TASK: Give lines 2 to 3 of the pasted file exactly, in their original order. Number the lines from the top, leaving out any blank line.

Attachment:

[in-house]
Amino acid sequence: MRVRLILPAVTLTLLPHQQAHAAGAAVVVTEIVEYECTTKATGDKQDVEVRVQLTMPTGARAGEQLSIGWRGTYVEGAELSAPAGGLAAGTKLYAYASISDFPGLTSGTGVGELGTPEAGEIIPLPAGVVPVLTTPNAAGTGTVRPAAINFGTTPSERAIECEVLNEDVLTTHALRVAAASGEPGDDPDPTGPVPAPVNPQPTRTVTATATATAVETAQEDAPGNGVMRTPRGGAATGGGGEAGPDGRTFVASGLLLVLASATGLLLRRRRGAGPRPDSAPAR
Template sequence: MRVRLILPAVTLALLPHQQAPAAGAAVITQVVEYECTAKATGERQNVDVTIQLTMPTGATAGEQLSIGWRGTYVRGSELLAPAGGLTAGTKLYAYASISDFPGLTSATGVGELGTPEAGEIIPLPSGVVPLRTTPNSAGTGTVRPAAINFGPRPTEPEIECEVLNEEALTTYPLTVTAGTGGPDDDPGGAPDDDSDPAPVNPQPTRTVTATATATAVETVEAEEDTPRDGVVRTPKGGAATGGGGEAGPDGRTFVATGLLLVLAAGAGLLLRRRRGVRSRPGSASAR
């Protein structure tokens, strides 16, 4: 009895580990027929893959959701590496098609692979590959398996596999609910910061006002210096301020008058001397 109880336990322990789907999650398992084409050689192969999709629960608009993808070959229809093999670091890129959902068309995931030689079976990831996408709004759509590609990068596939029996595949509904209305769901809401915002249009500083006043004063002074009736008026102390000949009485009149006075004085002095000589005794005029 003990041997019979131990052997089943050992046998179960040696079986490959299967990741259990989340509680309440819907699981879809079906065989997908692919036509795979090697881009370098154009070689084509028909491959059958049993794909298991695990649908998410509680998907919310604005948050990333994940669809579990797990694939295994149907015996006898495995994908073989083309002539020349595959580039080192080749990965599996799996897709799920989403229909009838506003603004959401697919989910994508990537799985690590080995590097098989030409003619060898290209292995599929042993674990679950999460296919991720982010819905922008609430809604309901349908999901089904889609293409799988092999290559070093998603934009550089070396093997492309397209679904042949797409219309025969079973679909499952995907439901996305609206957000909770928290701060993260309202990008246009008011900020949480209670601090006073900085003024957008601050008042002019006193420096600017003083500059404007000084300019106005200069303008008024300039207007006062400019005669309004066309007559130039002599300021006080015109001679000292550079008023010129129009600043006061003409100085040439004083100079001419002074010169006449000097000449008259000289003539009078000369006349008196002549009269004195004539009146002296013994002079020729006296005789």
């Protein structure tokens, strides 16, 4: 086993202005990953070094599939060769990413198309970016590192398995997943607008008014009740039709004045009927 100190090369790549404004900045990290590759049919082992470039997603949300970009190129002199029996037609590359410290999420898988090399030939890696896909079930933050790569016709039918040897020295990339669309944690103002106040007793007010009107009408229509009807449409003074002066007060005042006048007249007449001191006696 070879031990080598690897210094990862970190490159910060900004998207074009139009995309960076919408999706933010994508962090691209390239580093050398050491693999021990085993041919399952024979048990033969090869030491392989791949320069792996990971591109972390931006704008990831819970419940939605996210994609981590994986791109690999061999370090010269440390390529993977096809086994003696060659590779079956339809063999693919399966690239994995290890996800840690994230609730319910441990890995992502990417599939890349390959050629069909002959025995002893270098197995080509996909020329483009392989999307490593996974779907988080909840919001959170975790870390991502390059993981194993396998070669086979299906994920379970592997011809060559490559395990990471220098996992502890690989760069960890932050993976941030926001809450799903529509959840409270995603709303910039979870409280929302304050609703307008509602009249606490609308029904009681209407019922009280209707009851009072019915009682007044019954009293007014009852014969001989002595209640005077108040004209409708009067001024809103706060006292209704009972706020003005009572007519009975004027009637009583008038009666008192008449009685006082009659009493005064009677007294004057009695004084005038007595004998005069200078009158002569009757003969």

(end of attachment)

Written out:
Amino acid sequence: MRVRLILPAVTLTLLPHQQAHAAGAAVVVTEIVEYECTTKATGDKQDVEVRVQLTMPTGARAGEQLSIGWRGTYVEGAELSAPAGGLAAGTKLYAYASISDFPGLTSGTGVGELGTPEAGEIIPLPAGVVPVLTTPNAAGTGTVRPAAINFGTTPSERAIECEVLNEDVLTTHALRVAAASGEPGDDPDPTGPVPAPVNPQPTRTVTATATATAVETAQEDAPGNGVMRTPRGGAATGGGGEAGPDGRTFVASGLLLVLASATGLLLRRRRGAGPRPDSAPAR
Template sequence: MRVRLILPAVTLALLPHQQAPAAGAAVITQVVEYECTAKATGERQNVDVTIQLTMPTGATAGEQLSIGWRGTYVRGSELLAPAGGLTAGTKLYAYASISDFPGLTSATGVGELGTPEAGEIIPLPSGVVPLRTTPNSAGTGTVRPAAINFGPRPTEPEIECEVLNEEALTTYPLTVTAGTGGPDDDPGGAPDDDSDPAPVNPQPTRTVTATATATAVETVEAEEDTPRDGVVRTPKGGAATGGGGEAGPDGRTFVATGLLLVLAAGAGLLLRRRRGVRSRPGSASAR